DP9787 Technological Foundations of Political Instability
|Author(s):||Dmitry Dagaev, Natalia Lamberova, Anton Sobolev, Konstantin Sonin|
|Publication Date:||December 2013|
|Keyword(s):||Arab Spring, autocracy, collective action, regime change, social media|
|JEL(s):||C42, D74, L96|
|Programme Areas:||Public Economics|
|Link to this Page:||cepr.org/active/publications/discussion_papers/dp.php?dpno=9787|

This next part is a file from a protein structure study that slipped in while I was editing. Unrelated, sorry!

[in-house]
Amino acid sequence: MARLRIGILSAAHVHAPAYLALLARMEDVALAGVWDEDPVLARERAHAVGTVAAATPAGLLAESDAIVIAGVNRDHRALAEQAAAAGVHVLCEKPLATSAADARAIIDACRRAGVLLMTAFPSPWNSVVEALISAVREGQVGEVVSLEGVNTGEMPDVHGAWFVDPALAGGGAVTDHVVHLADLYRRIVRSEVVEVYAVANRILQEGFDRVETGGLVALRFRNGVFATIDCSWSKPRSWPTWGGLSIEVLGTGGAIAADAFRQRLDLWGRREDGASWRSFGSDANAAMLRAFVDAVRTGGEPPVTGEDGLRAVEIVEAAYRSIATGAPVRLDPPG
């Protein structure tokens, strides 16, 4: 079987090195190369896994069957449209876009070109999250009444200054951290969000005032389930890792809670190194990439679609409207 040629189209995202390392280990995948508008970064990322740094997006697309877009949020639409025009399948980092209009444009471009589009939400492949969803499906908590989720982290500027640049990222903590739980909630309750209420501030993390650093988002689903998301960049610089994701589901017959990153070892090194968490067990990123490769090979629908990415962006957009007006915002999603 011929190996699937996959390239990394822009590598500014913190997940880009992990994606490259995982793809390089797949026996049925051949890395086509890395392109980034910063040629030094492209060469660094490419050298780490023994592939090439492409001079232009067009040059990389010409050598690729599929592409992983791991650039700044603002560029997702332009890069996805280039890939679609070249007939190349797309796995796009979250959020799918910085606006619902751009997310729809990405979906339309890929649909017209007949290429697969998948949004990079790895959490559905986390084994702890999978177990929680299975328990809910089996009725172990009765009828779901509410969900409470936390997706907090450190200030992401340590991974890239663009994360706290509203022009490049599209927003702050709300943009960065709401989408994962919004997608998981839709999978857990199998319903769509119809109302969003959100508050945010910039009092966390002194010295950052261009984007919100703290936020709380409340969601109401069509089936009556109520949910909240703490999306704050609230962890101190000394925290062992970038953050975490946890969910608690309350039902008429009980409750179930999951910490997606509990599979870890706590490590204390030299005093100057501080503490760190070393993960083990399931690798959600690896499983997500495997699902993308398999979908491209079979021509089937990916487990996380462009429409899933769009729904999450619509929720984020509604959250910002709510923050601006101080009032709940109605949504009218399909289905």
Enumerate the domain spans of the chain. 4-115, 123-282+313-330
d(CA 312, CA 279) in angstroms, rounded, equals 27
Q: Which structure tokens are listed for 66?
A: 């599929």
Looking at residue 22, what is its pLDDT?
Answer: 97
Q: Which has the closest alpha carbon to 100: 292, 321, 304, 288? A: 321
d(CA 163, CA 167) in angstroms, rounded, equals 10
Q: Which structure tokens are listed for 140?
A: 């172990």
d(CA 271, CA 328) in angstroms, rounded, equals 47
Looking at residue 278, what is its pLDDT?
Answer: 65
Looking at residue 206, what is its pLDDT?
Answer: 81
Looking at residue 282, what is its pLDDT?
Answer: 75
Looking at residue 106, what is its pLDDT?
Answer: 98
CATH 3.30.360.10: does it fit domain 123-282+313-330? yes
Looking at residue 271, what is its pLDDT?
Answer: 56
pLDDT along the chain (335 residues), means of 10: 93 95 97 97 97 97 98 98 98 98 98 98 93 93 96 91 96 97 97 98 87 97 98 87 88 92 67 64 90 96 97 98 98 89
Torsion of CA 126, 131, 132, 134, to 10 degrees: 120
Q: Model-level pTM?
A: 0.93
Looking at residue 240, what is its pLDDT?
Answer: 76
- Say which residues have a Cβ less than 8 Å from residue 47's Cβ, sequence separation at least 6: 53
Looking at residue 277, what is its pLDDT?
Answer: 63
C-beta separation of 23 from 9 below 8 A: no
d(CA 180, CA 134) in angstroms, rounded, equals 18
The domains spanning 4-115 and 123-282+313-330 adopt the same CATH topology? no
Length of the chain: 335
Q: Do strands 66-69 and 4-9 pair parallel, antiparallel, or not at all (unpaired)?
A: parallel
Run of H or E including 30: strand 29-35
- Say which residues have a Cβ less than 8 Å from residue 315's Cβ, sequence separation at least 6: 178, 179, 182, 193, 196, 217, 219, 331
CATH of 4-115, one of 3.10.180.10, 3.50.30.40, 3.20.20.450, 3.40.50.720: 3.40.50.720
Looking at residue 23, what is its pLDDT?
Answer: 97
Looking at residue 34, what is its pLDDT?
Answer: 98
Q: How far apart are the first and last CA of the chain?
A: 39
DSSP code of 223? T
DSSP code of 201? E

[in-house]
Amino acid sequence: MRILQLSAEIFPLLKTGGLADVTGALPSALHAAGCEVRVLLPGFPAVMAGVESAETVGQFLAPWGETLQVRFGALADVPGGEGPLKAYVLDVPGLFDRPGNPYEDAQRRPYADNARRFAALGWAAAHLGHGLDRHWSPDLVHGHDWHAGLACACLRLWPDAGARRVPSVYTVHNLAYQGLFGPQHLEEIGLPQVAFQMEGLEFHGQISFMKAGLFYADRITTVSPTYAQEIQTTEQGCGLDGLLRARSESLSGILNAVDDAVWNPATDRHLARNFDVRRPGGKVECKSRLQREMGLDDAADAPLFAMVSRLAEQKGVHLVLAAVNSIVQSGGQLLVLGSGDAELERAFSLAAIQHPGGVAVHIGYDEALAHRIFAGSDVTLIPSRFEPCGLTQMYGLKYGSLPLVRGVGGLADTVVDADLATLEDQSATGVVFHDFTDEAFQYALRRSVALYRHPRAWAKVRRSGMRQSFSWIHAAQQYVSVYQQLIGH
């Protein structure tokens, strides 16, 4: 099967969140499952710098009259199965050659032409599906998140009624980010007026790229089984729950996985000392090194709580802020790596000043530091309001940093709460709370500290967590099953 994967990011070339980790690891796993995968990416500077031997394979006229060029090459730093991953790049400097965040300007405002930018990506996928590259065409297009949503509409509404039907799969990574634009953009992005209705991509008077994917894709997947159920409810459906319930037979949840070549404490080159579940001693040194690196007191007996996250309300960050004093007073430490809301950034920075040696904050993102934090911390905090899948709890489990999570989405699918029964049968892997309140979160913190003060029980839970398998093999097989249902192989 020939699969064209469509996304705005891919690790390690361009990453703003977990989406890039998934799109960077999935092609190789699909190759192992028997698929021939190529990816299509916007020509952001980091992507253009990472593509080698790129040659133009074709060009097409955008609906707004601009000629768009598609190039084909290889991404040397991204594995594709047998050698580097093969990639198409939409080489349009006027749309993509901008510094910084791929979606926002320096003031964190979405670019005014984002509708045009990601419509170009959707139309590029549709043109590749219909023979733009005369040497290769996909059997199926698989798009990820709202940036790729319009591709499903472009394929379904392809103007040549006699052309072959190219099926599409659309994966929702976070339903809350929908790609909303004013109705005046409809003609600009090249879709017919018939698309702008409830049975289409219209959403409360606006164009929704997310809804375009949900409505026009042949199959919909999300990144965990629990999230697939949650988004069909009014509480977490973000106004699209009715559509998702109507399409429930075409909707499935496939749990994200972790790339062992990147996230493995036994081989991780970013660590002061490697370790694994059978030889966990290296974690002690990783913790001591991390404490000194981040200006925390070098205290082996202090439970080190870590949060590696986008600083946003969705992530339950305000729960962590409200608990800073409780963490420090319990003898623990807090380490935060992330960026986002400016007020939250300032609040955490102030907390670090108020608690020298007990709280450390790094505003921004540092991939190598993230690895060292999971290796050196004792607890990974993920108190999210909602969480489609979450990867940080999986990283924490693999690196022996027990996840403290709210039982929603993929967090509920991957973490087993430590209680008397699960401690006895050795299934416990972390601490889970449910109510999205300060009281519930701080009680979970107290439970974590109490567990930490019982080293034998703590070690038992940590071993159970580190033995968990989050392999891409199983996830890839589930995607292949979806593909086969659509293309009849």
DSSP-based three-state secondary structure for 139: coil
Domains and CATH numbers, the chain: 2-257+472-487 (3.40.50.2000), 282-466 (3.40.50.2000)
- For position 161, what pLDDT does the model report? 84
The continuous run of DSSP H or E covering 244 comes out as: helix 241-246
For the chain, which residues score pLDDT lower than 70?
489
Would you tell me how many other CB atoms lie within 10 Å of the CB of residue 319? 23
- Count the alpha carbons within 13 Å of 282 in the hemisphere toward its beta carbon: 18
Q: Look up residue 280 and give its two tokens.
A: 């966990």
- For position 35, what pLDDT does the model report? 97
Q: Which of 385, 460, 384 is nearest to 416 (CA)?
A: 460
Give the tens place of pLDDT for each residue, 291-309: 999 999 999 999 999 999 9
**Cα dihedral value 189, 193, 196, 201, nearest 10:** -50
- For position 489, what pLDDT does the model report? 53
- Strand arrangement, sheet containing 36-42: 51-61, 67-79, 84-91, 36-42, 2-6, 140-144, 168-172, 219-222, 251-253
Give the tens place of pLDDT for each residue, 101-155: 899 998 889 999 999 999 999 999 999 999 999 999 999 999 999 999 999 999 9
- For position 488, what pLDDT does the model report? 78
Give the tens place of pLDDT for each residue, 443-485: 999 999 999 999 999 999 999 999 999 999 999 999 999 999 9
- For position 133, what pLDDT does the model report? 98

There has been a wide-spread belief that elections with a wide franchise following removal of an oppressive dictator lead to establishment of a government that is not vulnerable to mass protest. At the same time, most of the post-World War II non-constitutional exits of recently-installed autocratic leaders were caused by elite coups, rather than popular protests. The recent experience of Egypt, where the democratic post-Mubarak government, a result of the Arab Spring, collapsed after having had almost uninterrupted protests since its first day in office, offers a striking counterexample to both of these patterns. We demonstrate that this is a general phenomenon: the same technological shock, arrival of social media, that makes the incumbent vulnerable, lays foundation for continuous instability of the subsequent democratic government. Our theoretical model, which incorporates protest into a Downsian framework, takes into account specific features of modern protests: the significant role of social media and the absence of the partisan or personalized leadership during popular unrest. Case studies of the Arab countries with and without large-scale protests corroborate our theoretical findings.